M. Scott Ford M. Scott Ford - 1 year ago 74
Ruby Question

Long running delayed_job jobs stay locked after a restart on Heroku

When a Heroku worker is restarted (either on command or as the result of a deploy), Heroku sends

to the worker process. In the case of
, the
signal is caught and then the worker stops executing after the current job (if any) has stopped.

If the worker takes to long to finish, then Heroku will send
. In the case of
, this leaves a locked job in the database that won't get picked up by another worker.

I'd like to ensure that jobs eventually finish (unless there's an error). Given that, what's the best way to approach this?

I see two options. But I'd like to get other input:

  1. Modify
    to stop working on the current job (and release the lock) when it receives a

  2. Figure out a (programmatic) way to detect orphaned locked jobs and then unlock them.

Any thoughts?

Answer Source


Put this at the top of your job method:

  term_now = false
  old_term_handler = trap 'TERM' do
    term_now = true


Make sure this is called at least once every ten seconds:

  if term_now
    puts 'told to terminate'
    return true


At the end of your method, put this:

  trap 'TERM', old_term_handler


I was having the same problem and came upon this Heroku article.

The job contained an outer loop, so I followed the article and added a trap('TERM') and exit. However delayed_job picks that up as failed with SystemExit and marks the task as failed.

With the SIGTERM now trapped by our trap the worker's handler isn't called and instead it immediately restarts the job and then gets SIGKILL a few seconds later. Back to square one.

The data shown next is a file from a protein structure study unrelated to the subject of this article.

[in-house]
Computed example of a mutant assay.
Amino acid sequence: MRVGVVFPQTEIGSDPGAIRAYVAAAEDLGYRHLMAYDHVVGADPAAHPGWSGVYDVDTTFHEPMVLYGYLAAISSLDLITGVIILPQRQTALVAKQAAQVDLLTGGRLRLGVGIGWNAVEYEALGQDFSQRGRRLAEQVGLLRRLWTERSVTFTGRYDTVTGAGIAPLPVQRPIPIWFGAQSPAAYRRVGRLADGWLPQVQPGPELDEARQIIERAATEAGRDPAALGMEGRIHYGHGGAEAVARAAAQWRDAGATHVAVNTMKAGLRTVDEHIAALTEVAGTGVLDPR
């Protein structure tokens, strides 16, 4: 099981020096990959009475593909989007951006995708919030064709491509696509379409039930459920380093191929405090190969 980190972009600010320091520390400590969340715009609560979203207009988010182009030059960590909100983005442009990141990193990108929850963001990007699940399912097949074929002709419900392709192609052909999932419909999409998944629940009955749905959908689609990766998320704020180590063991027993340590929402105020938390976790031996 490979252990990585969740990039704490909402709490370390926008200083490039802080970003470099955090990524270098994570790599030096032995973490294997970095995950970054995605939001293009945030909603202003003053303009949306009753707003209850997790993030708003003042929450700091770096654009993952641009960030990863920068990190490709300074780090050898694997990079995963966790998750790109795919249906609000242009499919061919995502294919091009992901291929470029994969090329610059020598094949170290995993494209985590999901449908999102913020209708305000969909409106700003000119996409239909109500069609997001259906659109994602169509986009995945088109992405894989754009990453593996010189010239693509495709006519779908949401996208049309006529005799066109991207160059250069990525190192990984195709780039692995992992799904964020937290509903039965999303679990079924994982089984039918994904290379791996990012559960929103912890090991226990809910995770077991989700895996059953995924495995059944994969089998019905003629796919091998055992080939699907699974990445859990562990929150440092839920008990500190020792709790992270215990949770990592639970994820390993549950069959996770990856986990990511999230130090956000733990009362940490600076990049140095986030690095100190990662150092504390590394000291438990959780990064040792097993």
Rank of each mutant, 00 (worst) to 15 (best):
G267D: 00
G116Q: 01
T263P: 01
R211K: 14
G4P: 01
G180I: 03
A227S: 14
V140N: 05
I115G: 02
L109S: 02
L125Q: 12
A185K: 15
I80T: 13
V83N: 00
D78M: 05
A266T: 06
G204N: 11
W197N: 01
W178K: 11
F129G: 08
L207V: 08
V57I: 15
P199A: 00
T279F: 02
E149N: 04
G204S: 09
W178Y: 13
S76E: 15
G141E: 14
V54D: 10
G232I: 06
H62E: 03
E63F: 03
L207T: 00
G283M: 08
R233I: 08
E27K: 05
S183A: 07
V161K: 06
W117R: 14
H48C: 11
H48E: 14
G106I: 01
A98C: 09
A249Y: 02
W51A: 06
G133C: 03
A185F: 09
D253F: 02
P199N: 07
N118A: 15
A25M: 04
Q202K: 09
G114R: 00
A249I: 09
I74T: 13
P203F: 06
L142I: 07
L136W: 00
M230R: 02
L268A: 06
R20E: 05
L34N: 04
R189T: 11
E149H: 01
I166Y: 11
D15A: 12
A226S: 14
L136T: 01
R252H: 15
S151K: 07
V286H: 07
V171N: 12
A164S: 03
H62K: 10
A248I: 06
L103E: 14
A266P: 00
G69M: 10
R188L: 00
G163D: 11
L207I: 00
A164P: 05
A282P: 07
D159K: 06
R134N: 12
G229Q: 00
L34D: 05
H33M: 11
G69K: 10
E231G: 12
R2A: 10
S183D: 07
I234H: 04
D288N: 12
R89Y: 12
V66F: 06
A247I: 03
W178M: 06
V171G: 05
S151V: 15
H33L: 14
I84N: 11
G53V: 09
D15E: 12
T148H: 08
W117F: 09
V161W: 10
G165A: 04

I tried a few alternatives to exit:

  • A return true marks the job as successful (and removes it from the queue), but suffers from the same problem if there's another job waiting in the queue.

  • Calling exit! will successfully exit the job and the worker, but it doesn't allow the worker to remove the job from the queue, so you still have the 'orphaned locked jobs' problem.

My final solution was the one given at at the top of my answer, it comprises of three parts:

  1. Before we start the potentially long job we add a new interrupt handler for 'TERM' by doing a trap (as described in the Heroku article), and we use it to set term_now = true.

    But we must also grab the old_term_handler which the delayed job worker code set (which is returned by trap) and remember to call it.

  2. We still must ensure that we return control to Delayed:Job:Worker with sufficient time for it to clean up and shutdown, so we should check term_now at least (just under) every ten seconds and return if it is true.

    You can either return true or return false depending on whether you want the job to be considered successful or not.

  3. Finally it is vital to remember to remove your handler and install back the Delayed:Job:Worker one when you have finished. If you fail to do this you will keep a dangling reference to the one we added, which can result in a memory leak if you add another one on top of that (for example, when the worker starts this job again).